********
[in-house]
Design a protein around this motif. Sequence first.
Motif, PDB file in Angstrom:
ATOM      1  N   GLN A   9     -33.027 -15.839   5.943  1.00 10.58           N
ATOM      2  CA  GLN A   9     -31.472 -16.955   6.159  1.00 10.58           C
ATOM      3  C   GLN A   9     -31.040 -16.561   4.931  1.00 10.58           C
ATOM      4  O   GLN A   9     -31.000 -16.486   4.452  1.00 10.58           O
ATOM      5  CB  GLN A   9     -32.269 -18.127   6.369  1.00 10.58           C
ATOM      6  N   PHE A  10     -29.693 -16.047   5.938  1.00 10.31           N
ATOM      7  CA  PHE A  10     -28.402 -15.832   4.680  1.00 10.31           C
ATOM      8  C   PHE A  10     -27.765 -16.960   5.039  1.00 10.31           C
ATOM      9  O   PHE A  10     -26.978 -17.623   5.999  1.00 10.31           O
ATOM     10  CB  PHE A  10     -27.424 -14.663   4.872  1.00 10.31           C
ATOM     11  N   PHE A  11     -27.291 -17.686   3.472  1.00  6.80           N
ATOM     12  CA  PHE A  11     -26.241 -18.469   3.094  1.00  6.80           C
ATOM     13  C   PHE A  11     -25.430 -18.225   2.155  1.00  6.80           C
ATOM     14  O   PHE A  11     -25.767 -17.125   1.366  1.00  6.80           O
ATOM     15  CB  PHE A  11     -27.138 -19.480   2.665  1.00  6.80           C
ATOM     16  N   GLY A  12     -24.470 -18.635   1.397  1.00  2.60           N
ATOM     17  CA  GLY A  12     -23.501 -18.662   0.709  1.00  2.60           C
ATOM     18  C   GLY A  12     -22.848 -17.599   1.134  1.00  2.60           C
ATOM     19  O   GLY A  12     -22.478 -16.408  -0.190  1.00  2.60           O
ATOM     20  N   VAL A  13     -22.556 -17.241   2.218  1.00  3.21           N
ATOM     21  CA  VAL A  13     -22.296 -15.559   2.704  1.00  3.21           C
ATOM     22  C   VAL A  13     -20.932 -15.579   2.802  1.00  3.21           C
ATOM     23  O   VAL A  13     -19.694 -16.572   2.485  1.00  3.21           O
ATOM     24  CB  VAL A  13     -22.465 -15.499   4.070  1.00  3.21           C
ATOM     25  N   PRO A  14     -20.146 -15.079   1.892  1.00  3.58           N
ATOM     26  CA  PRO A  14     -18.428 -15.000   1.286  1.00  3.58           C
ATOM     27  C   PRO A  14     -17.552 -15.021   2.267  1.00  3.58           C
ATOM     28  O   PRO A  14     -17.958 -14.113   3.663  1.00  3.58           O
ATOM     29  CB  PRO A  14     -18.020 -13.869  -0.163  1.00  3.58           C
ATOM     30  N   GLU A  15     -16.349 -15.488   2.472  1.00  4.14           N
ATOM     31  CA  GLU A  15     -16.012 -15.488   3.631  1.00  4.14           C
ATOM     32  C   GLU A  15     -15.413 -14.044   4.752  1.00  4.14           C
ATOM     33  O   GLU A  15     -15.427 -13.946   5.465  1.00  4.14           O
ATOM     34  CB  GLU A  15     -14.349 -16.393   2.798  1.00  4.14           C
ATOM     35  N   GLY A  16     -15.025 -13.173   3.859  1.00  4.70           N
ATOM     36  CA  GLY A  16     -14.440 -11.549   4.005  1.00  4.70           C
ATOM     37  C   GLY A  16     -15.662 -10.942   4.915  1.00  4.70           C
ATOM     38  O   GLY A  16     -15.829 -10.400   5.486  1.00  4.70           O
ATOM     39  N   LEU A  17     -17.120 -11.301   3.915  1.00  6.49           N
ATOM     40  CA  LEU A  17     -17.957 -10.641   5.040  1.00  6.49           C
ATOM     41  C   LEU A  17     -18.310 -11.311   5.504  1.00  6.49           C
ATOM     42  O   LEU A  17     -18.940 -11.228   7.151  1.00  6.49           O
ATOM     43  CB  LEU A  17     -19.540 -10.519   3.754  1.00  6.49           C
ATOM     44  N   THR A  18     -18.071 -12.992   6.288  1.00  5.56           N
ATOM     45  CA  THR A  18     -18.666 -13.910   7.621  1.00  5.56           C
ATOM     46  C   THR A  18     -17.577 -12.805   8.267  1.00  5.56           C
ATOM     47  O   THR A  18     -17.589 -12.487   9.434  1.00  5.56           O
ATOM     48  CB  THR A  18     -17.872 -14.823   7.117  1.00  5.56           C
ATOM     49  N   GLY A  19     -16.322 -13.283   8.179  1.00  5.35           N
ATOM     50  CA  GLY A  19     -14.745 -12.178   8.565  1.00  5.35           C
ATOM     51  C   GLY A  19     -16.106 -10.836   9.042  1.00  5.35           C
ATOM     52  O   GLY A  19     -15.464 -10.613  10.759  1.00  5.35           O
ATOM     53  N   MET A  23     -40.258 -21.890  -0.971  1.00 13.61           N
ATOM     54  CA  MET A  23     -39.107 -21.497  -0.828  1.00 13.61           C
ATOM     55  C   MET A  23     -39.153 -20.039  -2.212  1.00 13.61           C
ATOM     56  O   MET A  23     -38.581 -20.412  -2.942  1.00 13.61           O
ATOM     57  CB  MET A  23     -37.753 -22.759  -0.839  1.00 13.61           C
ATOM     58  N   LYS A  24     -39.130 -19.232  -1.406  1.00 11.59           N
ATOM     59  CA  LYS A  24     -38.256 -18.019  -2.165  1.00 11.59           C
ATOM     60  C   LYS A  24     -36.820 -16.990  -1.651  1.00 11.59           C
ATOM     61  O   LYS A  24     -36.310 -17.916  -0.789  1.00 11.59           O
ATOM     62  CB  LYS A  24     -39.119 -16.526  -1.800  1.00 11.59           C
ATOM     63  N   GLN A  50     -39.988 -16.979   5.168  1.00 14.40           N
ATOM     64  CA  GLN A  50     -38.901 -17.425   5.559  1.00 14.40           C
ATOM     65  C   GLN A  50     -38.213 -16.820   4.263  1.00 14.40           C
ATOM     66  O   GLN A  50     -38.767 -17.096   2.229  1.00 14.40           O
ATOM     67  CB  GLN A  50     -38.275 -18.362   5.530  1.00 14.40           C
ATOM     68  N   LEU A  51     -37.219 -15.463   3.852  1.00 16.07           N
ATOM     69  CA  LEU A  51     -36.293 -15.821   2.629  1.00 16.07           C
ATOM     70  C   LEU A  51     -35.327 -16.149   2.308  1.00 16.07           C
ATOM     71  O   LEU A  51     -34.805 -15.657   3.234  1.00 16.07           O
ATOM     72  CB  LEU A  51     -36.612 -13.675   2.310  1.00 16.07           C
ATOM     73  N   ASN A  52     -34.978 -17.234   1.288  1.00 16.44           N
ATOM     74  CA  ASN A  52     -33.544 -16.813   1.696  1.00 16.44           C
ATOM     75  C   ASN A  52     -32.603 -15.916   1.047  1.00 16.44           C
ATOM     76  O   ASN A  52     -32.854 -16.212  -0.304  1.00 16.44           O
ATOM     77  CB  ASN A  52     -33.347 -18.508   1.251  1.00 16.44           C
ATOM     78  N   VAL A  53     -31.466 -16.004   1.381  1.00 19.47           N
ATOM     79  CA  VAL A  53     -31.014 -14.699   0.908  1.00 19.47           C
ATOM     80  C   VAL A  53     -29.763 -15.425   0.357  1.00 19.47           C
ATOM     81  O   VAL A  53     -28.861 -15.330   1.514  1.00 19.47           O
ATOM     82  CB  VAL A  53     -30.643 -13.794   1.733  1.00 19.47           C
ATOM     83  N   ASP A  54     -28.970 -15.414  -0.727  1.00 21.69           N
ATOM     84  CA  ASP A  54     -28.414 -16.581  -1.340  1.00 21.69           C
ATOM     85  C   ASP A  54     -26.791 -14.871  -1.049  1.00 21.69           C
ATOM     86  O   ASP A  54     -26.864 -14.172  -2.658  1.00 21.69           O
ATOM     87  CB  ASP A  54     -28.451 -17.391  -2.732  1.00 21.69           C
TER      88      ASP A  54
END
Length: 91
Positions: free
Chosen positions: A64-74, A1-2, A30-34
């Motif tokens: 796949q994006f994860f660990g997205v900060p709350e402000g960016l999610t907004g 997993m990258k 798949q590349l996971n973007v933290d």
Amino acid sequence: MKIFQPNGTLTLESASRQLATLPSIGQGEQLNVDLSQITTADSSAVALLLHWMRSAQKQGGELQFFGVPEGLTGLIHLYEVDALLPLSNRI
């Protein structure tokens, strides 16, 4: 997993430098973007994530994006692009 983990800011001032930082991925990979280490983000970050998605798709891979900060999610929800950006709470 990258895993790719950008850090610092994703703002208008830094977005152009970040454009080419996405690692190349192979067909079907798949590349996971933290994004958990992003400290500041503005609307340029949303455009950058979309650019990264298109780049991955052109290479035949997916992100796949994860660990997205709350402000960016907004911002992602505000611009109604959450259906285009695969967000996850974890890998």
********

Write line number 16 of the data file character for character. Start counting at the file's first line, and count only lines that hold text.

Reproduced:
ATOM     13  C   PHE A  11     -25.430 -18.225   2.155  1.00  6.80           C